1. Limit refined sugars. Refined sugars tend to depress the immune system. That includes high fructose corn syrup that is in so many processed foods  They also deplete nutrients as the body has to pull nutrients from elsewhere to process the sugars and other refined foods in the typical American diet, such as white flour. Eat whole unprocessed foods.
2. Avoid modern vegetable oils. They tend to be pro-inflammatory, contributing to disease, and are usually damaged in processing so they contribute to body dysfunction. Use plenty of good fats, like good butter (vitamin A), grass-fed lard (vitamin D), coconut oil (antibacterials), real olive oil.
3. Have chicken soup. Grandma was right about chicken soup. Get a good Amish chicken, put it in your crock pot, cover with clean water, some chopped onion, a bit of vinegar to acidify and pull out the minerals, set it on low to simmer for several hours. Pull off the meat when it is very tender and continue simmering the bones to make wonderful healing bone broth. Add vegetables, herbs, pepper and unrefined sea salt along with the reserved meat to make a nourishing and flavorful soup. No, salt does not cause high blood pressure - it's the missing minerals in our refined diet that is a major cause.
4. Drink plenty of fluids - purified and remineralized water, green tea, more broth.
5. Nourish healthy gut flora - have fermented foods, such as raw sauerkraut, kombucha, kefir, or maybe a good probiotic supplement. By eating whole plant foods you nourish the healthy gut flora.
6. Vitamin A plays a vital regulating role in the immune system, needed to fight off flu and other infections. Vitamin A is key for many other body functions, so it's important to include vitamin A rich foods daily. Best sources of vitamin A - liver, high vitamin cod liver oil, butter & cream, eggs. Plants  do not contain vitamin A, but the precursor, carotenes, which the body must convert to A, and not everyone converts it well.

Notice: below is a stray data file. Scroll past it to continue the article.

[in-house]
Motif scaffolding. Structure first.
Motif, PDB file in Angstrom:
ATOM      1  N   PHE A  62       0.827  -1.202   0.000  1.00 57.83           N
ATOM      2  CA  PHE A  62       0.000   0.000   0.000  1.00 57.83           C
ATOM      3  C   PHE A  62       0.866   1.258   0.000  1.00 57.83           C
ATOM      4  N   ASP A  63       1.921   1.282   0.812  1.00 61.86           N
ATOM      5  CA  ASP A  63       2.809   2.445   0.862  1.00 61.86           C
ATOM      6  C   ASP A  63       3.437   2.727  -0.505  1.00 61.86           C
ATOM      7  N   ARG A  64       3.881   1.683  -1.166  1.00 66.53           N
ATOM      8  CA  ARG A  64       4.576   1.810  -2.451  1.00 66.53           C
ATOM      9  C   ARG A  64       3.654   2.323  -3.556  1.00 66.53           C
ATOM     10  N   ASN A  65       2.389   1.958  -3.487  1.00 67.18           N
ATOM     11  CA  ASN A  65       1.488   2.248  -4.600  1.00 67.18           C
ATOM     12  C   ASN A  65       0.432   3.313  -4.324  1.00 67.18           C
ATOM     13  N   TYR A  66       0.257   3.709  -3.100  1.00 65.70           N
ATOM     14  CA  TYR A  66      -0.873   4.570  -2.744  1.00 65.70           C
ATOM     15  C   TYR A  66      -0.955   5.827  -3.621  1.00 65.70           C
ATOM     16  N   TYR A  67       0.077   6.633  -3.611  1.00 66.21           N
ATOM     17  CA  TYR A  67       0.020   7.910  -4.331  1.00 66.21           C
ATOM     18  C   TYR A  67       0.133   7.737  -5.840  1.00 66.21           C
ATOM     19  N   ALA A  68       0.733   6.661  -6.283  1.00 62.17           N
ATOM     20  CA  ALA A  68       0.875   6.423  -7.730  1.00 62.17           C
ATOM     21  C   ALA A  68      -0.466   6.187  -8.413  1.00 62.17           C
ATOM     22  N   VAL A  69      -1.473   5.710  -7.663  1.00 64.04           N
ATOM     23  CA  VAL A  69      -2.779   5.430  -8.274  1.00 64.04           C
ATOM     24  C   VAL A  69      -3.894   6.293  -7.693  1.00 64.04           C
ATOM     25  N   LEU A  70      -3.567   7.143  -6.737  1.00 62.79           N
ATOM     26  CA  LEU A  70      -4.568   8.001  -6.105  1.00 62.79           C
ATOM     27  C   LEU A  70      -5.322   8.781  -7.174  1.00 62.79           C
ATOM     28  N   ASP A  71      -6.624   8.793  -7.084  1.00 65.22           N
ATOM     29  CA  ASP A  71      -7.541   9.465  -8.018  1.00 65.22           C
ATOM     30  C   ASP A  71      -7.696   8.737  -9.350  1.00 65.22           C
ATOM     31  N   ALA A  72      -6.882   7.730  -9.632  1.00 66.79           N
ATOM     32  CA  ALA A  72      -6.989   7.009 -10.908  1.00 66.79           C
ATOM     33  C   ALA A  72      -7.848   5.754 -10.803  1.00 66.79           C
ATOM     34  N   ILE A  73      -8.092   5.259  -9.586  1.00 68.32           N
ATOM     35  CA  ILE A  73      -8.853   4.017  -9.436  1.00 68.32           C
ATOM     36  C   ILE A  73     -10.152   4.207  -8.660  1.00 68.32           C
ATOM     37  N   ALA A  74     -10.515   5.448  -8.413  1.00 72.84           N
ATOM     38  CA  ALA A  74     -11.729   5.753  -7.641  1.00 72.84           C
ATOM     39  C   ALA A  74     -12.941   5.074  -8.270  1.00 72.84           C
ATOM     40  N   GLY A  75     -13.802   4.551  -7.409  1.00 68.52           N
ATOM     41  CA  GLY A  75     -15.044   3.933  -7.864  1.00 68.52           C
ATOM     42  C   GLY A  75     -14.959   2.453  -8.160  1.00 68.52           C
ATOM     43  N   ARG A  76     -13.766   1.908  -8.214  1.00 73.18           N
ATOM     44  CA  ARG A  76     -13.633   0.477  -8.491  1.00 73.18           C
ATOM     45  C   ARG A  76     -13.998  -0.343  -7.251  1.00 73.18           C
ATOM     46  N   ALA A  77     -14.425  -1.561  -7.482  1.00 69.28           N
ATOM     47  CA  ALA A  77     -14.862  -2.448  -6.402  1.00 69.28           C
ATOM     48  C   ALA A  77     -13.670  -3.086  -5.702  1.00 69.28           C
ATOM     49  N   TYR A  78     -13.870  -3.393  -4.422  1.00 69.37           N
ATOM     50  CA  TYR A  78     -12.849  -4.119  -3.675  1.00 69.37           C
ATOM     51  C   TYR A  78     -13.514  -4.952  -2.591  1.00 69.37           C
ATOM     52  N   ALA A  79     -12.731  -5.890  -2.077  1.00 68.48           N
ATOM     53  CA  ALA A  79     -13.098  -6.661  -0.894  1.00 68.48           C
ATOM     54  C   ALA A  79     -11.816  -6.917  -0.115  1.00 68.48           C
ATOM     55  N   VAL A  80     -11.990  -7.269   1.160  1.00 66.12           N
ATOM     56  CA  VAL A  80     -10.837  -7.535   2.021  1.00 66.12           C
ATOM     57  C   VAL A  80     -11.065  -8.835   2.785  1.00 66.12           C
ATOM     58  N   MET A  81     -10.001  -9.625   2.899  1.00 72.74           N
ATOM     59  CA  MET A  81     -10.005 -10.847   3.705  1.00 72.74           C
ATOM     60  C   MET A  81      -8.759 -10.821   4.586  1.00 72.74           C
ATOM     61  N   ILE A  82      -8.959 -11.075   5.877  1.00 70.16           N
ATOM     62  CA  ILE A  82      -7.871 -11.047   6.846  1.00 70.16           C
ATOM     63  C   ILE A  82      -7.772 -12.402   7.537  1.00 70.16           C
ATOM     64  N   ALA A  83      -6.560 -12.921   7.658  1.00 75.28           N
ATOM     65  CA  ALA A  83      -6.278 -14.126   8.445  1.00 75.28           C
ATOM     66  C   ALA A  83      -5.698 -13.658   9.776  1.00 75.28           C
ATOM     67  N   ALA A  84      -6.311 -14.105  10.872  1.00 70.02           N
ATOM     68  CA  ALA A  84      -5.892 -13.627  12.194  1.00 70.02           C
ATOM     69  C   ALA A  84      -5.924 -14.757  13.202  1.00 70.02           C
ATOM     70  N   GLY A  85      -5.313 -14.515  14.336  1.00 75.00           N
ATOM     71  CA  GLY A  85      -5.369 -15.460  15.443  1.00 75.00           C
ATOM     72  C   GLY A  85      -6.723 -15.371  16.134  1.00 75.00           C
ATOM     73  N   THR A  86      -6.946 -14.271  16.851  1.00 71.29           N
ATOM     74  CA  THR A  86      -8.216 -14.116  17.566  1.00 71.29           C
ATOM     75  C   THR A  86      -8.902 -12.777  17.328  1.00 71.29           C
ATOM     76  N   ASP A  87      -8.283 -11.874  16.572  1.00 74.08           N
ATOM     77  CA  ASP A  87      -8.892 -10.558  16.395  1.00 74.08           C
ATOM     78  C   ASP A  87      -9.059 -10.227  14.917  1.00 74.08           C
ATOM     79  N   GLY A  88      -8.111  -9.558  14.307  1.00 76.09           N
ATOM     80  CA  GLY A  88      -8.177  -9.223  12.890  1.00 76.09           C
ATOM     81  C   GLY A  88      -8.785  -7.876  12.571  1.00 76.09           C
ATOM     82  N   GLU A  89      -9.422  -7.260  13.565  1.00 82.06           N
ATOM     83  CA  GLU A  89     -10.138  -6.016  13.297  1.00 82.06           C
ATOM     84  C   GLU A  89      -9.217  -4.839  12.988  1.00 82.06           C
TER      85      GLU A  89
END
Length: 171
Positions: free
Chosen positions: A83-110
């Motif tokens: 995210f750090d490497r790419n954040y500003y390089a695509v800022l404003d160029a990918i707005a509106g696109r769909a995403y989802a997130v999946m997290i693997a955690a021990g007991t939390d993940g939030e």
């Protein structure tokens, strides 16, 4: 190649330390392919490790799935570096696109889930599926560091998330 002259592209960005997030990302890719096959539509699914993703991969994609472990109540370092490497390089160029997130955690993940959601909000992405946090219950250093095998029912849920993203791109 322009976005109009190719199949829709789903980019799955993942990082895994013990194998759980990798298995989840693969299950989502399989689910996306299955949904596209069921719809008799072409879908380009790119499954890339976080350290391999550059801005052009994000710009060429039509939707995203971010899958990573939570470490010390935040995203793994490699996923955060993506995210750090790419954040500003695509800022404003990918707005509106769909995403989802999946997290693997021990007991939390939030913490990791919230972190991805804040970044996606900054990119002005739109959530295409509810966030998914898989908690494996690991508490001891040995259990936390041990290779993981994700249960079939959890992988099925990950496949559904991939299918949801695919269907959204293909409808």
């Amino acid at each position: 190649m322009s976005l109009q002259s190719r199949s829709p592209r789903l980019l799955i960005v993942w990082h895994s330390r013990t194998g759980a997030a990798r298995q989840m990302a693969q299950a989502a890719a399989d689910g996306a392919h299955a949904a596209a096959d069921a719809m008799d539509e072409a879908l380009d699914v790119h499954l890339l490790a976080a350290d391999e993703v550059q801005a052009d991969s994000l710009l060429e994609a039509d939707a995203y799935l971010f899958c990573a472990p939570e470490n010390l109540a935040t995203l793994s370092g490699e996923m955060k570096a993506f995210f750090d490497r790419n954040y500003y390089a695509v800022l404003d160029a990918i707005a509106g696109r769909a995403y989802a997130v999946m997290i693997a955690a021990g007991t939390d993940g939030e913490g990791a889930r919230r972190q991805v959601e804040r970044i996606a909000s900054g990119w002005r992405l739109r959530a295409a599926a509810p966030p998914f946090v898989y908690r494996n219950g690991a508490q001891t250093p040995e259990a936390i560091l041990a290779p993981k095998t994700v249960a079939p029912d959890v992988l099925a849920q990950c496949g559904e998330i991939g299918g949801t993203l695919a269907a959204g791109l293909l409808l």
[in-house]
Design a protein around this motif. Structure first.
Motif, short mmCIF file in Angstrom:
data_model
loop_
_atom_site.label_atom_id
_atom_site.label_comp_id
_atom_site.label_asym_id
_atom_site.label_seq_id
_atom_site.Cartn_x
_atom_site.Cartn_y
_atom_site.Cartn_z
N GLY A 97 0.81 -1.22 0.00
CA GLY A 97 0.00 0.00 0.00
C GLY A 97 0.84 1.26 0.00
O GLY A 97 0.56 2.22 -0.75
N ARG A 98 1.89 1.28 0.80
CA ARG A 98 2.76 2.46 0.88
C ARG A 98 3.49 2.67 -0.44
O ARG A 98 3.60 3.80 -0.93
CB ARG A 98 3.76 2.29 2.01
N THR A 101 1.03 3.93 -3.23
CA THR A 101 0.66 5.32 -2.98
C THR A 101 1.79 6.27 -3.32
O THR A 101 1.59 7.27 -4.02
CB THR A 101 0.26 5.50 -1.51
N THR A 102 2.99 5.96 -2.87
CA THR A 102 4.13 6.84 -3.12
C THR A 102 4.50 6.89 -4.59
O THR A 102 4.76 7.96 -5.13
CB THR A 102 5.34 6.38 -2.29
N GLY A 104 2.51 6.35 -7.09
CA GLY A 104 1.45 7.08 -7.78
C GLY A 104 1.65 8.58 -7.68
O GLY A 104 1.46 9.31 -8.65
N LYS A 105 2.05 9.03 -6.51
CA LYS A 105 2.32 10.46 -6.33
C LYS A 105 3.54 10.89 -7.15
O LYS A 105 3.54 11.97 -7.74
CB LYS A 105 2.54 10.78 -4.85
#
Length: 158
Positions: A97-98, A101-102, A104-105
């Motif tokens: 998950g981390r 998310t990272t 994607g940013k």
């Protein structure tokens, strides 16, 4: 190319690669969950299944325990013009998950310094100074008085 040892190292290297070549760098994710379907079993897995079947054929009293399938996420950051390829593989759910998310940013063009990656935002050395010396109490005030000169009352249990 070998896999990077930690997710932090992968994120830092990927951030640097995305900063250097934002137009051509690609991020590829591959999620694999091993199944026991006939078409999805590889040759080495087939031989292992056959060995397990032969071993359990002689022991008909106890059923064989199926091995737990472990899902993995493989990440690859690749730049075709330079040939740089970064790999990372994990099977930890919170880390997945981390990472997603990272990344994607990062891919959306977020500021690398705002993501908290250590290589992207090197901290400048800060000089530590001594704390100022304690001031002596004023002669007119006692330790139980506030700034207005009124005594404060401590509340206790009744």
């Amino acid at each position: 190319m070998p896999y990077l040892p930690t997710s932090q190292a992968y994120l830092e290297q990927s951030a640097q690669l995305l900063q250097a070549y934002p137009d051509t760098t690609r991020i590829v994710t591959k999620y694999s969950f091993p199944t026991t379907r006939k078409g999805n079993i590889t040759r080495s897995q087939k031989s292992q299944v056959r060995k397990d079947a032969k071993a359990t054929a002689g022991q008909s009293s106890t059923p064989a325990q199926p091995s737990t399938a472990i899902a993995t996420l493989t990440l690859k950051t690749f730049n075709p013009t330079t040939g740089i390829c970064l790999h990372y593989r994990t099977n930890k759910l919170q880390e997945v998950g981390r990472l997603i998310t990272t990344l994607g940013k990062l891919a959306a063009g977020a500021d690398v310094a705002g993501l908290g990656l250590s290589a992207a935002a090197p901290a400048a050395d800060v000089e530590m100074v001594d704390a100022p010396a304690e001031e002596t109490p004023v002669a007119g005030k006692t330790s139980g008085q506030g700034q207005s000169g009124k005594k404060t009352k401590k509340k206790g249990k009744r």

7. Vitamin D is also important for a healthy immune system that fights of colds and flu. Get plenty of sunshine in the summertime. High vitamin cod liver oil is the best source the rest of the year.
8. Get plenty of rest & relaxation. Lack of sleep & stress increase vulnerability to infection. Be sure to get adequate sleep, and deal appropriately with stress. If you feel lousy, have some chicken soup and go to bed. Over-the-counter drugs may be counterproductive. A moderate fever indicates your body is fighting the bug.
9. Zinc decreases adhesion molecules where viruses attach. At the first sign of the sniffles or achiness, take extra zinc, preferably as gluconate or acetate (but without citrate which binds up the zinc). Zinc is an antioxidant, works as an anti-inflammatory agent, and has a direct effect on immunity. Zinc is found in many whole foods, especially oysters, organ meats and nuts. But zinc levels in foods are down because of soil depletion, so ecological farmers are learning to include zinc in their soil amendments.
10. Take vitamin C in high doses and often (several times a day). Natural forms of vitamin C with bioflavanoids are more effective, as they are better absorbed by the cells. Most animals can make their own vitamin C, and they rev up production very high when fighting an infection, but humans have lost that ability, so we must get what our body needs through food and supplements. Doctors who understand this have effectively treated very serious infections with high dose IV vitamin C along with other nutrients. Excess vitamin C tends to cause loose stools, so back off if that happens.
11. Herbs & spices - For more suggestions, and helpful herbs and spices, check out Dr. Mercola at

Stay Well!